Global Mercy, the world’s largest civilian hospital ship built at Tianjin Xingang Shipyard, has been delivered to charity Mercy Ships.
The Global Mercy civilian hospital ship prepares for its maiden voyage to Europe in its final step before starting operations on its first mission in Africa. Built at the Tianjin Xingang Shipyard in northern China under the project management of Stena RoRo, the ship left the shipyard with a traditional ceremony.
Per Westling, Managing Director of Stena RoRo, said: “We are proud to take delivery of this special ship. Due to the activities to be performed on board, there were certain specific and strict demands on shipbuilding. However, this ship was successfully built, a first for the shipyard.”
ON THE AFRICAN SHIELDS WITH THE MALTA FLAG
Known to have detailed designs prepared by Deltamarin and built at Tianjin Xingang Shipyard in China, the 173-meter-long ship, classified by Lloyd’s Register, will operate on the African coast under the Maltese flag.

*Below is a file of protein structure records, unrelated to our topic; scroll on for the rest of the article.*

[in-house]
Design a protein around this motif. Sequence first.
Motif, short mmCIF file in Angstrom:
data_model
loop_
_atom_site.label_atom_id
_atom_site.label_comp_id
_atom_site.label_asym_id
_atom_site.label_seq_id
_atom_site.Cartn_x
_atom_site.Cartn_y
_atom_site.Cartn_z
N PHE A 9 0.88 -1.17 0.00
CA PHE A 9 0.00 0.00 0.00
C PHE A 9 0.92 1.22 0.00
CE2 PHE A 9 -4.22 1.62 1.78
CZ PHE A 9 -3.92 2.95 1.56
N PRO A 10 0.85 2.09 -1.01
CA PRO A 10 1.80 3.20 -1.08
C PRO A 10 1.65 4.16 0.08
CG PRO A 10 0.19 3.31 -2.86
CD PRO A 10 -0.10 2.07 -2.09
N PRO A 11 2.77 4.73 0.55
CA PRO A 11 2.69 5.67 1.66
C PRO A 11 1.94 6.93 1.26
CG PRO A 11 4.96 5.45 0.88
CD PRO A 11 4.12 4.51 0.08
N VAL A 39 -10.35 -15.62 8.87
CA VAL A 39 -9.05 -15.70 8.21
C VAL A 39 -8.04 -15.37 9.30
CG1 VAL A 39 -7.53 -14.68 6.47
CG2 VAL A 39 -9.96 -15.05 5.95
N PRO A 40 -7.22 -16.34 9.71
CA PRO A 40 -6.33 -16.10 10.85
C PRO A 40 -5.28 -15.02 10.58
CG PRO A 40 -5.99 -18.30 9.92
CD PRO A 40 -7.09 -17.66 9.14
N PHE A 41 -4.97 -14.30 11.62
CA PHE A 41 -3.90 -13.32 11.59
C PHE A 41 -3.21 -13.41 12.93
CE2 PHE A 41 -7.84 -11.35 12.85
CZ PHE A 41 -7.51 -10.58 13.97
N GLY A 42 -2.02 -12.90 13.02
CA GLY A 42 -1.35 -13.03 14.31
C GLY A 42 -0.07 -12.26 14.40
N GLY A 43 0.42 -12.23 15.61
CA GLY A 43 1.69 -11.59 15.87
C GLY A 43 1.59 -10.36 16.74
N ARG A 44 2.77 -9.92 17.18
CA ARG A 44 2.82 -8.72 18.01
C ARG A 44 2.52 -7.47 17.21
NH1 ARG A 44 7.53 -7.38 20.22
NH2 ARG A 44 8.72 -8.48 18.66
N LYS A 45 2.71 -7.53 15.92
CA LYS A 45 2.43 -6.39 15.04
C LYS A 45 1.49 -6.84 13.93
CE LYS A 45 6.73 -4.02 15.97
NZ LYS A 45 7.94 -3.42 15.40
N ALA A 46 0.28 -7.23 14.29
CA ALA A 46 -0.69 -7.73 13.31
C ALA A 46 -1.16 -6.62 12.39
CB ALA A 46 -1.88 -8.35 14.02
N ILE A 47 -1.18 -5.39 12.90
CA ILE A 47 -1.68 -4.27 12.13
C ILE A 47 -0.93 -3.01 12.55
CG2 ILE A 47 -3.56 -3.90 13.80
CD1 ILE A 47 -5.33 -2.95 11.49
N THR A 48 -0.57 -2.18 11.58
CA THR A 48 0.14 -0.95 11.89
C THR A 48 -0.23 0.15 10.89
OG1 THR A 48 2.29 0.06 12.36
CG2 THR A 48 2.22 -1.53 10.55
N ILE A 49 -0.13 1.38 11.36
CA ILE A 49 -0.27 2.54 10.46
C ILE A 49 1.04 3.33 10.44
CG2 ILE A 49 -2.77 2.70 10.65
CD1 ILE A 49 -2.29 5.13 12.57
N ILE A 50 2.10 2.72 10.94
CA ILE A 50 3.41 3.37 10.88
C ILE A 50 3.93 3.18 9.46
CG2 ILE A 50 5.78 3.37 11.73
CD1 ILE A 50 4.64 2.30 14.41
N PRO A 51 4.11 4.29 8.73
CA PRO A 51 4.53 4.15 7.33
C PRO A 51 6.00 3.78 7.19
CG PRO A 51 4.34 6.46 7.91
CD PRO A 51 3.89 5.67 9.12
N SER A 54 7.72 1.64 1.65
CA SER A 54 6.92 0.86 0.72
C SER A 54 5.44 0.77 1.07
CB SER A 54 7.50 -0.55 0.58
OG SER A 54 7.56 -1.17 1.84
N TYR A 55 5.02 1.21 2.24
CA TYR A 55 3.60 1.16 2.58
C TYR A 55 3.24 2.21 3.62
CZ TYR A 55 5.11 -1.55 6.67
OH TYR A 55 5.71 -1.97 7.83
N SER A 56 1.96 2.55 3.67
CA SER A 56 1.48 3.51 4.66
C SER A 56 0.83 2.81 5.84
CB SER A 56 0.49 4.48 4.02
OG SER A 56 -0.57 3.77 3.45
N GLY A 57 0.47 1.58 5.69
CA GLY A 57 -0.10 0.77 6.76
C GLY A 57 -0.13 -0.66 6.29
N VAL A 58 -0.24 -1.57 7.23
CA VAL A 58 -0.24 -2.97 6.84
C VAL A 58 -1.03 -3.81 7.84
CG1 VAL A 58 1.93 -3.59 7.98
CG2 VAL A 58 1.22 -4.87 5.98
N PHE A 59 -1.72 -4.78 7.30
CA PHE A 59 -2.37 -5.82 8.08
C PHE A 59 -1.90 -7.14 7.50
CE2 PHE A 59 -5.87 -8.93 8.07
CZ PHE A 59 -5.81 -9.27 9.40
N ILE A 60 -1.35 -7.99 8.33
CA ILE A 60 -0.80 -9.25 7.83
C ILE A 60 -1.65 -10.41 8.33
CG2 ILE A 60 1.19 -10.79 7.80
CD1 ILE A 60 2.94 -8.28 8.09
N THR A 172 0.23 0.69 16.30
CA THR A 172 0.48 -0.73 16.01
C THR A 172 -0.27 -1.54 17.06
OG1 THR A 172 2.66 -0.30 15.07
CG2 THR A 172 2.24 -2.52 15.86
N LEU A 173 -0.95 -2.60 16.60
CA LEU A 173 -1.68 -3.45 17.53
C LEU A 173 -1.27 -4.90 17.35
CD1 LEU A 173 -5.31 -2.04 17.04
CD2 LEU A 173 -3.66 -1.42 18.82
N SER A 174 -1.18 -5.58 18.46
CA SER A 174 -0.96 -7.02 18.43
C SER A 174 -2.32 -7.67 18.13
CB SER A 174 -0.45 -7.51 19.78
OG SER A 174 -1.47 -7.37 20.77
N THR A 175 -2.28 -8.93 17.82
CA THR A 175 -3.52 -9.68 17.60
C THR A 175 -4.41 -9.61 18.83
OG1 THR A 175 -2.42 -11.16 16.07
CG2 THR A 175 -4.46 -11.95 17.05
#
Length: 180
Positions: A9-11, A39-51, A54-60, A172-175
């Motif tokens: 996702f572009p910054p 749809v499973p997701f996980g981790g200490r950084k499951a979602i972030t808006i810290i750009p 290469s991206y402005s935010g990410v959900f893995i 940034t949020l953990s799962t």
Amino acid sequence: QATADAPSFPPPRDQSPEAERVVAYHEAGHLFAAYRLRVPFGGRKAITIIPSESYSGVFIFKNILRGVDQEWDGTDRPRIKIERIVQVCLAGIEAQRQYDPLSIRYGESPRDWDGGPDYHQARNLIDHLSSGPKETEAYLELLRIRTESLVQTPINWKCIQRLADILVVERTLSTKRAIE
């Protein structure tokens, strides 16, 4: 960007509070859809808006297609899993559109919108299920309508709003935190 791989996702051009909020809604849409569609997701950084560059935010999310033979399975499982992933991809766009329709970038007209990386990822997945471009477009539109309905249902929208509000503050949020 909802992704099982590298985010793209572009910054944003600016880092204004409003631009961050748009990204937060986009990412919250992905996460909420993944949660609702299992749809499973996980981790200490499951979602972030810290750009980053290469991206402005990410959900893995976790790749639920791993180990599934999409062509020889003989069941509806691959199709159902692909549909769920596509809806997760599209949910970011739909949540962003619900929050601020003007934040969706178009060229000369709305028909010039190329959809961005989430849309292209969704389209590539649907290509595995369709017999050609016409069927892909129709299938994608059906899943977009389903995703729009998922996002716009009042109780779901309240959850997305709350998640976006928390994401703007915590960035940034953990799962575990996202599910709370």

The ship will first go to Belgium, where medical equipment will be installed in the coming months. It will then watch to Rotterdam to be presented to sponsors, volunteers, the media and other interested parties. After that, the ship will be ready to cruise to West Africa for service in Dakar, Senegal.
Mercy Ships’ mission is to provide free healthcare in the poorest areas of the world. With the Global Mercy ship, Mercy Ships will for the first time have a ship designed and built for the organization’s specific needs. Previous ships, although smaller, were converted from ships in other segments to hospital ships.
6 OPERATING ROOM, BED FOR 200 PEOPLE
The ship has 6 operating rooms, a bed for 200 people, a laboratory and an eye clinic. The ship will operate with a crew of 641 and medical personnel. The ship will also feature dental clinics as well as a number of shore programs, including community health education.
Global Mercy is expected to arrive in Senegal in early 2022 for its first mission.
The opinions expressed herein are the author’s and not necessarily those of News2Sea.
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